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The Graveyard By The Sea

Paul Valery 1871 (Sète) – 1945 (Paris)

This quiet roof, where dove-sails saunter by,
Between the pines, the tombs, throbs visibly.
Impartial noon patterns the sea in flame --
That sea forever starting and re-starting.
When thought has had its hour, oh how rewarding
Are the long vistas of celestial calm!
What grace of light, what pure toil goes to form
The manifold diamond of the elusive foam!
What peace I feel begotten at that source!
When sunlight rests upon a profound sea,
Time's air is sparkling, dream is certainty --
Pure artifice both of an eternal Cause.

Sure treasure, simple shrine to intelligence,
Palpable calm, visible reticence,
Proud-lidded water, Eye wherein there wells
Under a film of fire such depth of sleep --
O silence! . . . Mansion in my soul, you slope
Of gold, roof of a myriad golden tiles.

Temple of time, within a brief sigh bounded,
To this rare height inured I climb, surrounded
By the horizons of a sea-girt eye.
And, like my supreme offering to the gods,
That peaceful coruscation only breeds
A loftier indifference on the sky.

Even as a fruit's absorbed in the enjoying,
Even as within the mouth its body dying
Changes into delight through dissolution,
So to my melted soul the heavens declare
All bounds transfigured into a boundless air,
And I breathe now my future's emanation.

Beautiful heaven, true heaven, look how I change!
After such arrogance, after so much strange
Idleness -- strange, yet full of potency --
I am all open to these shining spaces;
Over the homes of the dead my shadow passes,
Ghosting along -- a ghost subduing me.
My soul laid bare to your midsummer fire,
O just, impartial light whom I admire,

Whose arms are merciless, you have I stayed
And give back, pure, to your original place.
Look at yourself . . . But to give light implies
No less a somber moiety of shade.

Oh, for myself alone, mine, deep within
At the heart's quick, the poem's fount, between
The void and its pure issue, I beseech
The intimations of my secret power.
O bitter, dark, and echoing reservoir
Speaking of depths always beyond my reach.

But know you -- feigning prisoner of the boughs,
Gulf which cats up their slender prison-bars,
Secret which dazzles though mine eyes are closed --
What body drags me to its lingering end,
What mind draws it to this bone-peopled ground?
A star broods there on all that I have lost.

Closed, hallowed, full of insubstantial fire,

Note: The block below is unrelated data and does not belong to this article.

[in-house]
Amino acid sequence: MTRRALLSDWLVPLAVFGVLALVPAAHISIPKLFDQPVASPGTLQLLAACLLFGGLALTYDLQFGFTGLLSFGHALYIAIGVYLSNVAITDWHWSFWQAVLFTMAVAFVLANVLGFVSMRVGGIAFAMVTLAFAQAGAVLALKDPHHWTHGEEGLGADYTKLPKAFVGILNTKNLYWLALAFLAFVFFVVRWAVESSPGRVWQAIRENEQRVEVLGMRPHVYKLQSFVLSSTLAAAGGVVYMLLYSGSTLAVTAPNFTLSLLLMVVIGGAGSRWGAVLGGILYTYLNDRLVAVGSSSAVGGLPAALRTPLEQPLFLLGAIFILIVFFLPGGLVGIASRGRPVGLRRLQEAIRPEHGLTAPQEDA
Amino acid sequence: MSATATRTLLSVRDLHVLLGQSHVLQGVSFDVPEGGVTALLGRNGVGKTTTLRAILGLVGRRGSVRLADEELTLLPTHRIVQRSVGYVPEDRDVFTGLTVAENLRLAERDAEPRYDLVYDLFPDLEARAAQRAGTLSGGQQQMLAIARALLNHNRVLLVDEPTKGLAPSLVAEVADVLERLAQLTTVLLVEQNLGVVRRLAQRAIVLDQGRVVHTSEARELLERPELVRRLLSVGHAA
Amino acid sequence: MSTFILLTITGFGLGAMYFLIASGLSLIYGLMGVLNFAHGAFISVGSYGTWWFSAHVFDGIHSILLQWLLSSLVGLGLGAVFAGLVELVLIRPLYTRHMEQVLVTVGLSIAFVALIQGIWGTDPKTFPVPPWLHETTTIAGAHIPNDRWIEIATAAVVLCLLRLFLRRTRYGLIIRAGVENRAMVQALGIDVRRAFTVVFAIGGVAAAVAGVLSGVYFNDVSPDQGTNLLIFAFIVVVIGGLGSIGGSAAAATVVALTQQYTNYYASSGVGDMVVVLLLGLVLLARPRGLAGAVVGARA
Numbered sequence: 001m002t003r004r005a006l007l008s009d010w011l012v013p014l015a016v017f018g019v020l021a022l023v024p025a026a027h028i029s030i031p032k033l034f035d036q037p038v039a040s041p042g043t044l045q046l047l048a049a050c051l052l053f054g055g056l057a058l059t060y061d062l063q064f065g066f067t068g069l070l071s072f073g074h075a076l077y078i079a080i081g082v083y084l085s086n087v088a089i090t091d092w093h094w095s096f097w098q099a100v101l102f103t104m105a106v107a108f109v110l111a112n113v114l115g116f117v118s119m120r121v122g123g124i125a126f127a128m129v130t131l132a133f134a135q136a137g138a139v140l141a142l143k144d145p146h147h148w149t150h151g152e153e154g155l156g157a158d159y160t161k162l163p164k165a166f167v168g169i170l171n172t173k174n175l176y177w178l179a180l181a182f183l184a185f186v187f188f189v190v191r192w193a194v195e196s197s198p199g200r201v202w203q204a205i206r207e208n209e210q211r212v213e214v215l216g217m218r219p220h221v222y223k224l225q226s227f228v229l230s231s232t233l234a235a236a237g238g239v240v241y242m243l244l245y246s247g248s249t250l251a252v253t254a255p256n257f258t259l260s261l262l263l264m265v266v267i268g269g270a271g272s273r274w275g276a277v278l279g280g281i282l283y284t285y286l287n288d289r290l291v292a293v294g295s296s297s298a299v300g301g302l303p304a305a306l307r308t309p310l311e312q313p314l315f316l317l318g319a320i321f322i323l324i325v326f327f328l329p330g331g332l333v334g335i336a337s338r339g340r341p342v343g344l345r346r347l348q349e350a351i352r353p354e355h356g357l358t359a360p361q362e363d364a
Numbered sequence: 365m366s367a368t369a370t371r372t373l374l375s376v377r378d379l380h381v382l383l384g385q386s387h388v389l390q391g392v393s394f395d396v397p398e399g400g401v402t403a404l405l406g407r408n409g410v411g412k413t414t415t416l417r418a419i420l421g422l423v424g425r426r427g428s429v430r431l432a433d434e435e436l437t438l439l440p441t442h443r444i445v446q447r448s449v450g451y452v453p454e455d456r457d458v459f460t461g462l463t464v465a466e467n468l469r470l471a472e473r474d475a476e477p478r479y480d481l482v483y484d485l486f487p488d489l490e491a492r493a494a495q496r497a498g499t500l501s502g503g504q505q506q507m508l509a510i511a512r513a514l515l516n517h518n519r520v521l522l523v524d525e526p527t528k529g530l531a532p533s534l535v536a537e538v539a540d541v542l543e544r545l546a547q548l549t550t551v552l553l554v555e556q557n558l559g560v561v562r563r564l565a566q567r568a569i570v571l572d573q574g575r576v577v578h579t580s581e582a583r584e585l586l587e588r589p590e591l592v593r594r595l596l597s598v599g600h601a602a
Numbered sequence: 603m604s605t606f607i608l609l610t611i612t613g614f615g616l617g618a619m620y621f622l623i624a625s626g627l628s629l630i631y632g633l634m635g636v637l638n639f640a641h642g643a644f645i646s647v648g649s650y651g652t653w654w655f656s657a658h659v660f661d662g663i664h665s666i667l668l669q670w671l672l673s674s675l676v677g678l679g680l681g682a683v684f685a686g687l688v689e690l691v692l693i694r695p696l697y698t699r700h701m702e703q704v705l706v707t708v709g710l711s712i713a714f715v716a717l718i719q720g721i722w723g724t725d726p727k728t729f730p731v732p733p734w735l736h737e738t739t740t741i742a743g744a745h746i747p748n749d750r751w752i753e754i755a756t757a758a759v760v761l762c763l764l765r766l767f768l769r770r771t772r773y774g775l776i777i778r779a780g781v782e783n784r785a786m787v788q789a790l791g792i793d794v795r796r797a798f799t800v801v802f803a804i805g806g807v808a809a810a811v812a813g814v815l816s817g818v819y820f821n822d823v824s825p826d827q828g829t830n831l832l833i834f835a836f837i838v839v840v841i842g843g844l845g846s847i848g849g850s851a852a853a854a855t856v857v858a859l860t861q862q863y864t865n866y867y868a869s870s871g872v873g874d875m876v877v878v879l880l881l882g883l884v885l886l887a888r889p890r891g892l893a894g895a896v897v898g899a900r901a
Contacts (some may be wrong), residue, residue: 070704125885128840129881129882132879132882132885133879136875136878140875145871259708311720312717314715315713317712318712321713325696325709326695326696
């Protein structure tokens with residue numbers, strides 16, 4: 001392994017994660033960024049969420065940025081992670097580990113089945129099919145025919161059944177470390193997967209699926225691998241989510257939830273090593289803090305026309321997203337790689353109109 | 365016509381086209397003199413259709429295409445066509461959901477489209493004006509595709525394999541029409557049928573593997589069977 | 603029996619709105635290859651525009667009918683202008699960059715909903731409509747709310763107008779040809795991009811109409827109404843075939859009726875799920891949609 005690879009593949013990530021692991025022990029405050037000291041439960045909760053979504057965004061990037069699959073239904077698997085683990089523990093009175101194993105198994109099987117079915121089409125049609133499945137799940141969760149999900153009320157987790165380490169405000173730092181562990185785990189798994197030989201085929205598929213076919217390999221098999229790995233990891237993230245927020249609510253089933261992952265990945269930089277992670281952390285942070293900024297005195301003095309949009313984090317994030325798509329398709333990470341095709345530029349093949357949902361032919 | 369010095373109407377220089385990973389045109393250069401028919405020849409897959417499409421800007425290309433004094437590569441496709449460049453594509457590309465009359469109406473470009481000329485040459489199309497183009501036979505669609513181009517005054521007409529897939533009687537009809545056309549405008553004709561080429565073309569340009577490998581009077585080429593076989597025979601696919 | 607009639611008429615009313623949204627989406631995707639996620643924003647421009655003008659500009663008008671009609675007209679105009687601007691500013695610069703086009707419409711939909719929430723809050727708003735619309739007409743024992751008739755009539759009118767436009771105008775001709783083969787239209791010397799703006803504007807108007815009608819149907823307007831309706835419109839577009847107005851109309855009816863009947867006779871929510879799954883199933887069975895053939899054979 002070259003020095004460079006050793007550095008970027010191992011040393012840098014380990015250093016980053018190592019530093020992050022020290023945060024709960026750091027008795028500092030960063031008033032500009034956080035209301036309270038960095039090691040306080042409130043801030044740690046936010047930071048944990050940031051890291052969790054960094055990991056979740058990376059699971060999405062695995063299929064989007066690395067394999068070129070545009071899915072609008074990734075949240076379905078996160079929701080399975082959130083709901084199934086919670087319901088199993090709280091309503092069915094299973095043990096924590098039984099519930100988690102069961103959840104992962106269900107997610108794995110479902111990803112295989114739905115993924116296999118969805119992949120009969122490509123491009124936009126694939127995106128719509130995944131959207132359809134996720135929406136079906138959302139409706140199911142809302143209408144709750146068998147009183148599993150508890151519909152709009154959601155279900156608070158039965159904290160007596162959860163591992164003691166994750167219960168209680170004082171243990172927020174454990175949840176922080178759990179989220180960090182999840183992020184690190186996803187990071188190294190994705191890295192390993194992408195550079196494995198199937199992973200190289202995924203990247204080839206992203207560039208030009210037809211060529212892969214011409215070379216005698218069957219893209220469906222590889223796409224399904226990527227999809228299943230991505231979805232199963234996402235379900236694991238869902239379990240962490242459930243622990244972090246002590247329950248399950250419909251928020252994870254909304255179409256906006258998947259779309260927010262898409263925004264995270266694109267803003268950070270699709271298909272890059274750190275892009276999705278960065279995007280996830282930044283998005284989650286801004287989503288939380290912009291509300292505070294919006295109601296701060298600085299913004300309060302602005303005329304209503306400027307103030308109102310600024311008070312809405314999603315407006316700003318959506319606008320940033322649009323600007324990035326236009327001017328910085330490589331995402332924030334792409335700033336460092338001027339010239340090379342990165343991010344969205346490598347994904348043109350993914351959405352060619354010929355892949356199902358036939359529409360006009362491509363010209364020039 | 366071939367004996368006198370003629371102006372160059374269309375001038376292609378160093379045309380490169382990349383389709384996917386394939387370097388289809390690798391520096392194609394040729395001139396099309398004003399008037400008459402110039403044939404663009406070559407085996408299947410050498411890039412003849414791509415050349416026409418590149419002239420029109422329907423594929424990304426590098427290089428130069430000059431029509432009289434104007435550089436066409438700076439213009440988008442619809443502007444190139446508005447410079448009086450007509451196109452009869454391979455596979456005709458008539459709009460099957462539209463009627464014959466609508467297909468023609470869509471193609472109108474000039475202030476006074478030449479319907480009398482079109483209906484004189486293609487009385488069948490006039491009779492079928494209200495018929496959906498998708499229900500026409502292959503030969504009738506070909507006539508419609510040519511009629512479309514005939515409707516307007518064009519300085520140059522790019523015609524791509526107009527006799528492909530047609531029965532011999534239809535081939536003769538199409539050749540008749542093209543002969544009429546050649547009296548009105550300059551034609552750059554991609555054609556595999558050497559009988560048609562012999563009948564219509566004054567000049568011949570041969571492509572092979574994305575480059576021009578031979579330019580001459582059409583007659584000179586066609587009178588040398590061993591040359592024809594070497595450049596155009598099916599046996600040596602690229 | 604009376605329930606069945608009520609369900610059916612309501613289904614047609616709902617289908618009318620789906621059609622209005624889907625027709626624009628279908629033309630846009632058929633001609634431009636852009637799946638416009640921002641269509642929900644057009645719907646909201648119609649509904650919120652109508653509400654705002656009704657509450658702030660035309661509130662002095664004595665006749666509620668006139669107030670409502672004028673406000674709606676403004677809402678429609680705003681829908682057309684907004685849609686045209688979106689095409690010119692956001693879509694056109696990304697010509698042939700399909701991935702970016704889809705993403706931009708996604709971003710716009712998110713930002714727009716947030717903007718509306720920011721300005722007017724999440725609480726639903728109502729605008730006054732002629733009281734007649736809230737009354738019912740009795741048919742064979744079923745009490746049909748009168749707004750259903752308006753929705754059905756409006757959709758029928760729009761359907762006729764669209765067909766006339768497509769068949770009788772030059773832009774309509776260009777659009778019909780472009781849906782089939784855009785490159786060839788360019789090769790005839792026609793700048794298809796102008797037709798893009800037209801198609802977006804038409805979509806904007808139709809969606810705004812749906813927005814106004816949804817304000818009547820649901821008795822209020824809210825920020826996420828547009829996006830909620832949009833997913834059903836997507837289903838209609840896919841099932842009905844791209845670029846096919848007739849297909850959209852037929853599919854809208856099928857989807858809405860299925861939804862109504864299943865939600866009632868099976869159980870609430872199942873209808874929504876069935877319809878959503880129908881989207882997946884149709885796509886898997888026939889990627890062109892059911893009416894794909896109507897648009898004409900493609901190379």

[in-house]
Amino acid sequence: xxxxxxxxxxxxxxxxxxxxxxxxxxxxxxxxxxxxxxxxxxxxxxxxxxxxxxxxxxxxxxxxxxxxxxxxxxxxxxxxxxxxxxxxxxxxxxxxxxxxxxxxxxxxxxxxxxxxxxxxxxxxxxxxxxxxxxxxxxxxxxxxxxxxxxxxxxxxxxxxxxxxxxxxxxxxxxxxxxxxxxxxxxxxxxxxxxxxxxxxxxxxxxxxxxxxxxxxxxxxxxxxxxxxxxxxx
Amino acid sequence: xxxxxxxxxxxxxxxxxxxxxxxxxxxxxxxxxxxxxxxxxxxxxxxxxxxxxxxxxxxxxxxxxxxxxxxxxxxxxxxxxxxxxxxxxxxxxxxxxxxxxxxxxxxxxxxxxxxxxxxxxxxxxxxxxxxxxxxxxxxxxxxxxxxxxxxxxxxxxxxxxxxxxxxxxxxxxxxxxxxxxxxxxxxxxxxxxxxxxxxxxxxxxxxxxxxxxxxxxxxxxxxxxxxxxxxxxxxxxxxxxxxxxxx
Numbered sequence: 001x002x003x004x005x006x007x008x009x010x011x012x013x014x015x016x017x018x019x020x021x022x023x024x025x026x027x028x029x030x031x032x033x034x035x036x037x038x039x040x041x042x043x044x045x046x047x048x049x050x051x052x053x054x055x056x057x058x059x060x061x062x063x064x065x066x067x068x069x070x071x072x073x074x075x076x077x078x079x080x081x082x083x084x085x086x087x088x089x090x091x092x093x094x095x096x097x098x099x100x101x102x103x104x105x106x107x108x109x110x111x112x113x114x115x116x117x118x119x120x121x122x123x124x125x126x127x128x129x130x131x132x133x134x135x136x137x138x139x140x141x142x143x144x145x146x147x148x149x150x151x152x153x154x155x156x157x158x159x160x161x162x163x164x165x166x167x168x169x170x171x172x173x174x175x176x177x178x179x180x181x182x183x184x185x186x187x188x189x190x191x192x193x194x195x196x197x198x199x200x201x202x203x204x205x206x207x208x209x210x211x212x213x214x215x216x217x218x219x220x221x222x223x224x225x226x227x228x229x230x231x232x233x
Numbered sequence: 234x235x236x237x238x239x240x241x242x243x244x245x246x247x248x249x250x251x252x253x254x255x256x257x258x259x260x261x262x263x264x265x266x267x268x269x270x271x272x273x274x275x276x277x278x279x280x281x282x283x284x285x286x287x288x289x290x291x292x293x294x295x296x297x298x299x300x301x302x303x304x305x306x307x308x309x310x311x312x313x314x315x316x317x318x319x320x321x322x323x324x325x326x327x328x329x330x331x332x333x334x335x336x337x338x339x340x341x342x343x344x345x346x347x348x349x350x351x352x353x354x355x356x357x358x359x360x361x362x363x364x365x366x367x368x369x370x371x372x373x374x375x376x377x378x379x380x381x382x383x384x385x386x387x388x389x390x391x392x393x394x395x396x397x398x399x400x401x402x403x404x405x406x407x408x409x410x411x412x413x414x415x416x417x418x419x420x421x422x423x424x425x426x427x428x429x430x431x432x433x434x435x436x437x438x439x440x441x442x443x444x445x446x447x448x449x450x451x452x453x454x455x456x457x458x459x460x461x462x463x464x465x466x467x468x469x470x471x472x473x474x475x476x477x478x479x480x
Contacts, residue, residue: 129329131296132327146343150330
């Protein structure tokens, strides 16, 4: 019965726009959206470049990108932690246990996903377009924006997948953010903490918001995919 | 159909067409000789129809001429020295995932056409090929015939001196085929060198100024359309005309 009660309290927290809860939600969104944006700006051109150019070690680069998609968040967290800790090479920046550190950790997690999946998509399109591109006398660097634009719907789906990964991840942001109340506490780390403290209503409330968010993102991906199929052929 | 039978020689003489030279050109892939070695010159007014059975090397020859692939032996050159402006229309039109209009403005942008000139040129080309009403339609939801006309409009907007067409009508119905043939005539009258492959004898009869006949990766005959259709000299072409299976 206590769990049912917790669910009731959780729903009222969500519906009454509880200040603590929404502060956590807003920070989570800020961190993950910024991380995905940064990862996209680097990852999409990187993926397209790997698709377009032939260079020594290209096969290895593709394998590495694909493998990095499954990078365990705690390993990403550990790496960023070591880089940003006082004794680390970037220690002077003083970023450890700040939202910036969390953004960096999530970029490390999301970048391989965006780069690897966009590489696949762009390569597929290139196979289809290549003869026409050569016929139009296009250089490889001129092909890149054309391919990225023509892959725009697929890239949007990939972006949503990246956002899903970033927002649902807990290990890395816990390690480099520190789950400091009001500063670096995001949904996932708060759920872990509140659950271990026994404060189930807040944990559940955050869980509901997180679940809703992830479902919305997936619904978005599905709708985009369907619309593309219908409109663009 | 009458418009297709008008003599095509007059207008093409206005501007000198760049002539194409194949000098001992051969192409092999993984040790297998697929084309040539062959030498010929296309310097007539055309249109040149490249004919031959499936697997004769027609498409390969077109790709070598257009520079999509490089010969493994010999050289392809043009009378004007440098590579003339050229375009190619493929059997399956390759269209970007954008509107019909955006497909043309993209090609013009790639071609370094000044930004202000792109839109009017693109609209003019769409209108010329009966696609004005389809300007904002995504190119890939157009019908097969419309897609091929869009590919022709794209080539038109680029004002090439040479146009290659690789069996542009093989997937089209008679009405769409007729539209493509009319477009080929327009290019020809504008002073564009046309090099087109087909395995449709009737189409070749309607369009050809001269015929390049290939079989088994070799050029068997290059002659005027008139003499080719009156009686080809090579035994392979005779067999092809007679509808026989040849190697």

Morsel of earth to heaven's light given o'er --
This plot, ruled by its flambeaux, pleases me --
A place all gold, stone, and dark wood, where shudders
So much marble above so many shadows:
And on my tombs, asleep, the faithful sea.

Keep off the idolaters, bright watch-dog, while --
A solitary with the shepherd's smile --
I pasture long my sheep, my mysteries,
My snow-white flock of undisturbed graves!
Drive far away from here the careful doves,
The vain daydreams, the angels' questioning eyes!

Now present here, the future takes its time.
The brittle insect scrapes at the dry loam;
All is burnt up, used up, drawn up in air
To some ineffably rarefied solution . . .
Life is enlarged, drunk with annihilation,
And bitterness is sweet, and the spirit clear.

The dead lie easy, hidden in earth where they
Are warmed and have their mysteries burnt away.
Motionless noon, noon aloft in the blue
Broods on itself -- a self-sufficient theme.
O rounded dome and perfect diadem,

I am what's changing secretly in you.

I am the only medium for your fears.
My penitence, my doubts, my baulked desires --
These are the flaw within your diamond pride . . .
But in their heavy night, cumbered with marble,
Under the roots of trees a shadow people
Has slowly now come over to your side.
To an impervious nothingness they're thinned,
For the red clay has swallowed the white kind;
Into the flowers that gift of life has passed.
Where are the dead? -- their homely turns of speech,
The personal grace, the soul informing each?
Grubs thread their way where tears were once composed.

The bird-sharp cries of girls whom love is teasing,
The eyes, the teeth, the eyelids moistly closing,
The pretty breast that gambles with the flame,
The crimson blood shining when lips are yielded,
The last gift, and the fingers that would shield it --
All go to earth, go back into the game.

And you, great soul, is there yet hope in you
To find some dream without the lying hue
That gold or wave offers to fleshly eyes?
Will you be singing still when you're thin air
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Submitted on May 13, 2011

3:54 min read
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Paul Valery

Ambroise-Paul-Toussaint-Jules Valéry was a French poet, essayist, and philosopher. more…

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